Photography Weblogging

B-loglines and B-rocks

I’ve never been one for aggregators, until Bloglines. I love Bloglines, I really do. I can access it from both my Dell laptop and my TiBook, and even my roommate’s laptop if need be. The interface is clean and easy to work with, and there’s no fancy moving parts to get in the way of what it is – an aggregator.

However, after seeing my “first 200 character” based excerpts in the tool, I found myself contemplating that an excerpt isn’t just a bit of useless information – it’s a thing of beauty. Another opportunity where one can exercise one’s creativity and imagination.

My, I never knew that aggregators could be such fun! I’ll never look at excerpts in quite the same way, again.

Yesterday, late, I posted my last photo for the mineral collection. Lots of pictures on every page – I don’t recommend those with a slow connection accessing the photoblog. All that’s left to do, now, is finish the descriptions and add a few more stories and then I’ll publish the link around the rock community.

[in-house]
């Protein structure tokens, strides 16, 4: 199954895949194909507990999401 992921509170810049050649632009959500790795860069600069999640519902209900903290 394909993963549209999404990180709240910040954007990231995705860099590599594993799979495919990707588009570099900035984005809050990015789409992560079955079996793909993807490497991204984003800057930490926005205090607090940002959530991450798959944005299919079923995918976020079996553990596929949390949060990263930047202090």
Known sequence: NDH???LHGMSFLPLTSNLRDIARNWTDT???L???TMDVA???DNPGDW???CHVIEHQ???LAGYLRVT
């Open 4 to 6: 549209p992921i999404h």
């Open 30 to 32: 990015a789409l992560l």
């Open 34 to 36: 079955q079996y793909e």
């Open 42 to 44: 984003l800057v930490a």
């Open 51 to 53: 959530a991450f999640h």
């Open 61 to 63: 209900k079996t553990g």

I was looking through the rock photos tonight: at the valuable aquamarines and dioptase and rhodochrosite, as well as the much less valuable members such as this Peacock Rock. It’s formal name is Chalcopyrite, and the rock’s copper base is what creates that lovely iridescence.

The value of a crystal is based on rarity and quality of the specimen as much, or more, than its beauty. Some of the most interesting, fascinating, and lovely rocks in our collection can also be the cheapest. The rock quartz and the apophyllite, and the cheap garnets – pretty, but a dime a dozen. So we don’t talk about them.

It is the valuable members of our collections we talk about – the ones we show off, put in the front of the cabinets, bring out first to show to visitors.

No, in my collection rocks such as my Pet Rock, the above Peacock Rock, or my gen-u-ine 24 carat gold electroplated quartz crystal never get mentioned. I might point them out if you notice them, but with a self-deprecating chuckle – see this rock, it’s not an important rock. You want to pay attention to that rock there. See? The one in the light.

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